Have you ever dated one of those guys who could quote entire episodes of “The Golden Girls” or “Absolutely Fabulous” verbatim? It can be humorous and endearing or sometimes annoying and agonizing. If your guy is a fan of “Sex and the City,” there’s a way to quickly get up to speed on the hit series.
“One Woman Sex and the City” is coming to the Broward Center in Fort Lauderdale. In just 90 minutes, the uninitiated can catch up on seven seasons of romantic exploits and sexual escapades from Carrie, Miranda, Charlotte and Samantha.
The show is the creation of Canadian playwright and director T. J. Dawe. The 44-year-old, creator of “The One Man Star Wars Trilogy,” “The One Man Lord of the Rings,” and a number of other solo plays, found himself in such a situation several years ago when a girlfriend introduced him the four fancy free ladies at the center of the HBO series.
“At the time, I was very anti-TV and had never seen it,” recalled Dawe. “I quickly recognized the brilliance of the writing, the modern fairy tale.”
He teamed up with New York-based actress Kerry Ipema and “One Woman Sex and the City” was born.
“I started watching it again, culling through my memories for the pivotal scenes, characters and moments that I remembered,” Dawe said. “It took me a little over a year, it was a big challenge.”
For his “Star Wars” parody, Dawe only had to condense six hours and the “Lord of the Rings” trilogy ran about 10 hours.
“I had to squeeze 48 hours into 90 minutes,” he added, “and it was a challenge.”
Word count became a valuable tool as he sought to condense the scenarios and relationships. Ipema threw in her input and a joke writer was consulted to ensure the experience offered some fresh material for those fans who knew the episodes inside and out. He likened the group process to working on the writing staff of a weekly television sitcom.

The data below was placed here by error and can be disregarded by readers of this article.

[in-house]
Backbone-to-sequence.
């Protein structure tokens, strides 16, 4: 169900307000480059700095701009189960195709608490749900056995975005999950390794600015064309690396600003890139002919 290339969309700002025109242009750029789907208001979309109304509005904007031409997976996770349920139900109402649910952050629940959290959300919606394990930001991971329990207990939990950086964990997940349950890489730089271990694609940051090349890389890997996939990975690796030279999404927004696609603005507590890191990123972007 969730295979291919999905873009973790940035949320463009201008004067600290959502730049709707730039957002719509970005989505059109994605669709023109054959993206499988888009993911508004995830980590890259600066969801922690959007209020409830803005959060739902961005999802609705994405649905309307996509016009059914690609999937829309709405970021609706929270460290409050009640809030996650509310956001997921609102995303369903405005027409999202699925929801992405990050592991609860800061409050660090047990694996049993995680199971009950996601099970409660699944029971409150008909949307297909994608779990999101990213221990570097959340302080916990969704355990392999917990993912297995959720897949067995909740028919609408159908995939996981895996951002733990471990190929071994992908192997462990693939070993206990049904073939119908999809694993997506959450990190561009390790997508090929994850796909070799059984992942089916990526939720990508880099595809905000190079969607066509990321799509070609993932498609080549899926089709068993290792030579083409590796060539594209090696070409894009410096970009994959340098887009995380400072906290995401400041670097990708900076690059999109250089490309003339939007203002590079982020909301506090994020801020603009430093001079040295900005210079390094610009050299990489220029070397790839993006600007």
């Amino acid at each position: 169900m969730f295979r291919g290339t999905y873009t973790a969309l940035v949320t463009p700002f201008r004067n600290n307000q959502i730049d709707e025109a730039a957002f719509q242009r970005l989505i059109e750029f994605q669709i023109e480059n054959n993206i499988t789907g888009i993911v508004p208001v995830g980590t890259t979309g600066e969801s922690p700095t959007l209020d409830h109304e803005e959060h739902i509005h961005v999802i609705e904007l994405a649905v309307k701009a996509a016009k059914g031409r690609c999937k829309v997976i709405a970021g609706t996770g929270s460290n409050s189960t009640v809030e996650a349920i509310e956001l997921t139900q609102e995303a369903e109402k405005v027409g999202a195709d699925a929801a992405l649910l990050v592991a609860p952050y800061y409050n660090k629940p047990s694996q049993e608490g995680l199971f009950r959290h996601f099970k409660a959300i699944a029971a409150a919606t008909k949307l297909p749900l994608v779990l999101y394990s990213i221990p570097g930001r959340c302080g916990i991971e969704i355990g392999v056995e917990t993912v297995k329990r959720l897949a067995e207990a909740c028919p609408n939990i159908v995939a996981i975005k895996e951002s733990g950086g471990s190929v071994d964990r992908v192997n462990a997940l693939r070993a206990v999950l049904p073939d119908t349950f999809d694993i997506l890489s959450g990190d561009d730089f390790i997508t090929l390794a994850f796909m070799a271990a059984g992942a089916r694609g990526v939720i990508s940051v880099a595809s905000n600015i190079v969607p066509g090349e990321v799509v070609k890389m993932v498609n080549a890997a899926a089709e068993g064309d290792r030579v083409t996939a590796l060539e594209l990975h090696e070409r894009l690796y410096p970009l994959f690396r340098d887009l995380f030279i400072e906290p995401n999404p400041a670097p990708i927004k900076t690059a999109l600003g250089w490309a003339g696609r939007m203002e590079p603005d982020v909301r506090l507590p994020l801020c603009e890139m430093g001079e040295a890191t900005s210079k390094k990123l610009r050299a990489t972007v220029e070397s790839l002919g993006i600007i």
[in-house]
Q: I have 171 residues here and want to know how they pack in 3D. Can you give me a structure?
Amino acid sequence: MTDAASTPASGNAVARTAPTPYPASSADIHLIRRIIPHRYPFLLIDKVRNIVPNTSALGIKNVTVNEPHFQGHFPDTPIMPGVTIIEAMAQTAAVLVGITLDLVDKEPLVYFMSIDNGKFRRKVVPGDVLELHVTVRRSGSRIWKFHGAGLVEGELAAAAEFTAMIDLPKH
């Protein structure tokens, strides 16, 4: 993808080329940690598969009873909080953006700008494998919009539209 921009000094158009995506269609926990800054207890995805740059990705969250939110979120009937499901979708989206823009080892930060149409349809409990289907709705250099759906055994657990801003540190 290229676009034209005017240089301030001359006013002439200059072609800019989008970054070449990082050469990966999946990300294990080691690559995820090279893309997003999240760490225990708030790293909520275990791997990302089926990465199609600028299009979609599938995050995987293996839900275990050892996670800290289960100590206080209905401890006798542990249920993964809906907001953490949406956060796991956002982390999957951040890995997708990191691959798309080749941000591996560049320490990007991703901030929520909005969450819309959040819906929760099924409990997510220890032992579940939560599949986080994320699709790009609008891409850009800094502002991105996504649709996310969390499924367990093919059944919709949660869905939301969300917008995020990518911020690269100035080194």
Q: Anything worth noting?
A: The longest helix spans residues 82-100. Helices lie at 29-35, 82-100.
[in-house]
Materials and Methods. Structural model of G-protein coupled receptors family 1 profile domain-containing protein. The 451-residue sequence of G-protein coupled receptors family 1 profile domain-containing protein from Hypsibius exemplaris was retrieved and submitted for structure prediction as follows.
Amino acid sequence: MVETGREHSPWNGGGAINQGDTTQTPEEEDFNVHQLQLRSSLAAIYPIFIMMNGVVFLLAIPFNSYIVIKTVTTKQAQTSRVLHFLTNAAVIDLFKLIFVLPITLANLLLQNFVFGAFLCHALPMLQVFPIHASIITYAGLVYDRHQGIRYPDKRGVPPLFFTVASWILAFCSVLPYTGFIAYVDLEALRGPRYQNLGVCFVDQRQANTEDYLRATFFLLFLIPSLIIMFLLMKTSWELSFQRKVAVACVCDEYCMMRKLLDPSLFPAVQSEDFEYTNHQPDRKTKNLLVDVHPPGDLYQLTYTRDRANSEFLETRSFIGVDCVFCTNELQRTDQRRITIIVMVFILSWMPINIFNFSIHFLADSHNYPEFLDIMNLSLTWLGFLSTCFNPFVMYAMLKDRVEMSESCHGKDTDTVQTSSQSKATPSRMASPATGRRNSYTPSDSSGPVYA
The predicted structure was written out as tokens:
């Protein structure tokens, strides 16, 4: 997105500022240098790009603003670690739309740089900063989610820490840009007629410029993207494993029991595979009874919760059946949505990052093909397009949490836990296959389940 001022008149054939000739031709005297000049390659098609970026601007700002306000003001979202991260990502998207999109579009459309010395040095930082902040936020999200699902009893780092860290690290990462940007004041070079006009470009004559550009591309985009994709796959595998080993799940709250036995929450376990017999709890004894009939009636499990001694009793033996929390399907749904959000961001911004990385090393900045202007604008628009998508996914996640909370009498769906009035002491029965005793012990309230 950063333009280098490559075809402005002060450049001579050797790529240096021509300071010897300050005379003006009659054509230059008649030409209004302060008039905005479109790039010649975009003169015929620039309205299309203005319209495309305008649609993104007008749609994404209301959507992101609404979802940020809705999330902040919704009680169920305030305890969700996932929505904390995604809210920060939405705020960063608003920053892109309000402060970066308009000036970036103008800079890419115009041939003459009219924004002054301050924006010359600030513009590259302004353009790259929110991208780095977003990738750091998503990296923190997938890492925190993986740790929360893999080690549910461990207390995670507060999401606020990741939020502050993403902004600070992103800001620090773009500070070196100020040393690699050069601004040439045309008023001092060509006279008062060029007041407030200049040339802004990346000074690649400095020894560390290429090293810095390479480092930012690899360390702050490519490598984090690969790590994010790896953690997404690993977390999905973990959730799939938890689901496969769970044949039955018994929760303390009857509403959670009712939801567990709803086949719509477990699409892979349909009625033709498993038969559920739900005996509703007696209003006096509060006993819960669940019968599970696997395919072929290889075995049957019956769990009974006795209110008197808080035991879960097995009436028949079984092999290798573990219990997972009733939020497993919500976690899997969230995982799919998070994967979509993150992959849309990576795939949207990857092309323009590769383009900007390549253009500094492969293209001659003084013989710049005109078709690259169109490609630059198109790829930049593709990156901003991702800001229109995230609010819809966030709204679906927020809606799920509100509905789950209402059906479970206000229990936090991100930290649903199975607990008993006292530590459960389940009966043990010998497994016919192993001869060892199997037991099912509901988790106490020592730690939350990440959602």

The success of “One Woman Sex and the City” also relies on Ipema’s acting and improvisational skills.
“When we’re creating a show, each of us has our own ideas, talents and energies and a one-person show is best when it’s tailor made to what that (actor) brings to the table,” Dawe explained.
The show premiered at a theater festival in Winnipeg last July and has since been performed in “a lot of red states,” as Dawe put it, including venues in Louisville, Ky., Fargo, N.D. and Omaha, Neb.
Dawe hasn’t had many predominantly gay audiences yet, but that may change when the show pulls into Fort Lauderdale, with its exceptionally large LGBTQ community.
“Up to now, our audience seems to be mostly groups of heterosexual women, like the four main characters in the show,” said Dawe. “There may be some gay men, but very few straight men. If straight men had brains, they’d come to this show to find out what they want from the abundance of single women.”
“One Woman Sex and the City” plays at the Broward Center’s Abdo New River Room in Fort Lauderdale, April 14 – 15. Tickets start at $35 at BrowardCenter.org.